I do things with words, mainly English and Arabic
I’ve been back in the West Bank for five weeks, my first visit since spring 2009. On the face of it, things are looking good. The Palestinian Authority is reporting a booming economy. Building projects seem to be going on everywhere, people are out and about. The lifting of road restrictions means that getting around is the easiest I’ve known it in ten years of coming here; I still find it shocking that I can get a serveece [shared taxi] or bus straight into Nablus, not to Huwarra or Beit Iba checkpoints, or from Bethlehem to Ramallah. And more importantly, that ordinary Palestinians can do the same thing. That would have been two, three, four separate trips a couple of years ago, schlepping from checkpoint to checkpoint. Attracted by the veneer of peace and prosperity, tourists are starting to trickle back in and there are more facilities for them than I’ve ever seen before.
But in my first ten days here, and without any prompting, three different people used the phrase “there is no hope” to me. They are very disparate people, with little in common except that they live here and have each spent years decades watching the repeated rounds of failed peace talks, land confiscations and human rights abuses.
The first was a Muslim Jerusalemite with Israeli ID. He’s cynical about everything, from the ethics of his former colleagues in the tourist trade to the prospects of peace. For him life is a juggling act which is becoming harder and harder as the legal complications for people with homes or land on both sides of the Wall become more and more intricate. At what point will he have to choose between a citizenship which allows him a certain amount of international mobility and the ability to live in the city of his birth, and his Palestinian identity? The recent backing by the Israeli government of a law which could see Israeli citizens forced to swear allegiance to a Jewish state suggests that he, along with the other million-odd Palestinian citizens of Israel, could be in line for ‘population transfer’, disenfranchisement, or other attempts at completing the ethnic cleansing that started in 1948. ‘The Only Democracy in the Middle East,’ anyone?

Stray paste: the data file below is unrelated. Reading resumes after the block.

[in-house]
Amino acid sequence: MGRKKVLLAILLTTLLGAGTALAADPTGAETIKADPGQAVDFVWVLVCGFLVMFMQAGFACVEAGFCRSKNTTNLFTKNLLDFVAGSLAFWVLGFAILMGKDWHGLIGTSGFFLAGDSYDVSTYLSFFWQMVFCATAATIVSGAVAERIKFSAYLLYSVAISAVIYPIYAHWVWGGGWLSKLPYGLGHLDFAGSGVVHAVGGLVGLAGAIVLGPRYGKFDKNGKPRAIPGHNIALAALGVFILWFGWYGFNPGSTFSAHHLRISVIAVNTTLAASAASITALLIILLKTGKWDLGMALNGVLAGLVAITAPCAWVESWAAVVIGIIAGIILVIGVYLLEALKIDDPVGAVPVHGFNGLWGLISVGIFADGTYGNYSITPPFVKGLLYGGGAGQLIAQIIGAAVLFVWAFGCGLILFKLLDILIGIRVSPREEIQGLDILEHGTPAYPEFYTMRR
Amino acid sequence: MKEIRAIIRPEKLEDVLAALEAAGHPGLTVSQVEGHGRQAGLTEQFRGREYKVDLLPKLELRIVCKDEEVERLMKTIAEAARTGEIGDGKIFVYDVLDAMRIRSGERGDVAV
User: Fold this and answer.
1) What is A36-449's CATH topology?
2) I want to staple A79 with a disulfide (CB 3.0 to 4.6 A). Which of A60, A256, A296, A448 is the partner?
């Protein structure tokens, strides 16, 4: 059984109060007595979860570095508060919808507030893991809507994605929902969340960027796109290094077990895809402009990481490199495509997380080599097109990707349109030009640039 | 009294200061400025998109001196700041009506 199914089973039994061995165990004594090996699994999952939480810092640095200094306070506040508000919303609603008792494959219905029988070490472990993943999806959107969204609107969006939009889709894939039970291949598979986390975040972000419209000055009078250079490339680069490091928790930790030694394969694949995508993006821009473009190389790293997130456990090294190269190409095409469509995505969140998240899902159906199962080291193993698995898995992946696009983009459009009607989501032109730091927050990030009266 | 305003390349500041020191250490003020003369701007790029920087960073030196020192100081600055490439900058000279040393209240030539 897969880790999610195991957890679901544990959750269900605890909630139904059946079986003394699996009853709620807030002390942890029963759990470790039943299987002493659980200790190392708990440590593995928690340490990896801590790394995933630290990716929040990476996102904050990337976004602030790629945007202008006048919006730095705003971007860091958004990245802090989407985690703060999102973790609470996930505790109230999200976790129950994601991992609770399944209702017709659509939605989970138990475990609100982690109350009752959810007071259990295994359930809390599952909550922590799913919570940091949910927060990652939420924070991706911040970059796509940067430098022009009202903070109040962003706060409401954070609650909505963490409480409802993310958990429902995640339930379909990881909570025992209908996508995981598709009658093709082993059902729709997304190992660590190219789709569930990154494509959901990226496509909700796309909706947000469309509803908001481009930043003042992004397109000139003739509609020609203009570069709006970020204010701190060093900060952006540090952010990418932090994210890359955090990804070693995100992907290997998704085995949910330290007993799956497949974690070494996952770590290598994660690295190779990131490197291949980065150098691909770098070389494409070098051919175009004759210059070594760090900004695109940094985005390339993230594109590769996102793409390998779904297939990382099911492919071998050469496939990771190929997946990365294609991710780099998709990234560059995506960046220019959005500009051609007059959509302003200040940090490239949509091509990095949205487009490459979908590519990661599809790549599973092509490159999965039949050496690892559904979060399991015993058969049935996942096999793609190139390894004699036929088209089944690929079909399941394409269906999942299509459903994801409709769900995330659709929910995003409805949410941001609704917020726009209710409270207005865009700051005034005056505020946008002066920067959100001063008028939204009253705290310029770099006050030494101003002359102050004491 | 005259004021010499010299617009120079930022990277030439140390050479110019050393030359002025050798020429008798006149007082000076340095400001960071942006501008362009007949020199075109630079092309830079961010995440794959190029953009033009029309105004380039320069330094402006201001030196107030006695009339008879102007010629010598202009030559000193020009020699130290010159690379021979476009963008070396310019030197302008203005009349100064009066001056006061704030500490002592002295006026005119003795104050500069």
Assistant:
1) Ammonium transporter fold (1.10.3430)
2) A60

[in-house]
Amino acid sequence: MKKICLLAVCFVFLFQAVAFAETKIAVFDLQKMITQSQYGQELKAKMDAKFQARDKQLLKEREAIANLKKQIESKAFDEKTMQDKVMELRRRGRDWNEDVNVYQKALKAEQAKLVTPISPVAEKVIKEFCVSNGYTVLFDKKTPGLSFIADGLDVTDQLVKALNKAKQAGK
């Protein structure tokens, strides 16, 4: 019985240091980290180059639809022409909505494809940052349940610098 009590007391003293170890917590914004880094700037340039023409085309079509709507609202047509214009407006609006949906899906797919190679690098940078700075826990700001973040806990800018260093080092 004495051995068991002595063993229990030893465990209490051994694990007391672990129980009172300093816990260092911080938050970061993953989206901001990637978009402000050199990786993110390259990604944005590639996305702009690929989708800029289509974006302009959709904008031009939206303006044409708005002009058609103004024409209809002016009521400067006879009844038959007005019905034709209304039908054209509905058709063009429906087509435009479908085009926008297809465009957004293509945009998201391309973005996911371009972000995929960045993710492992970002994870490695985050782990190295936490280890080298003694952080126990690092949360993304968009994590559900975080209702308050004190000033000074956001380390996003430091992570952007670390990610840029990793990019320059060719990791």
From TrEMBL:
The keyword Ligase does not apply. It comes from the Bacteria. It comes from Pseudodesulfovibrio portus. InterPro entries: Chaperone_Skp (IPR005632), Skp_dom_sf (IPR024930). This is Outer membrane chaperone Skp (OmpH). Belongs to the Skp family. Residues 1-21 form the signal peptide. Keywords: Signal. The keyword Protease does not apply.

The second person was a Christian Palestinian woman from Beit Sahour, in her seventies. “There is no hope,” she said to me spontaneously and pretty much apropos of nothing. This lady knows what bad times look like; she was living and working in Gaza in 1967 when Israel occupied it. “We went to bed under UNEF rule, and we woke up at four o’clock in the morning with Israeli jeeps with loudspeakers outside saying: there is a curfew now, do not come out of your houses, if you come near the windows you will be shot,” she recalls. Now, with settlements encroaching on her town and eating away at her country, she repeats, “there is no hope. Maybe twenty years ago, but not any more.”
The third is the activist, living in Ramallah. “We’re living the benefits of ‘peace,’” she says, “but we’ve been bought pretty cheaply.” A mother with small children and a veteran fighter for peace and justice, she acknowledges the benefits of this period of comparative calm, but also regrets the feeling of hopelessness, of acceptance of a third-rate deal, implied by it. “We’re all so tired. We’re still tired,” she says, describing much of the population of the West Bank after the years of the Second Intifada. “But at least people aren’t dying all the time.” But, in a Ramallah where every vacant lot seems to be a building site, where shiny skyscrapers are leaping into the smoggy air and where every third car on the road seems to be a glistening new SUV, Mercedes or even a Porsche, she remains sceptical. The banks are giving easy mortgages – 90% of the purchase price of a property, instead of the customary 75% – and people are taking out loans to buy those glossy new cars. “But isn’t that what caused the crash in America and Europe?” she asks. “What is all this based on?”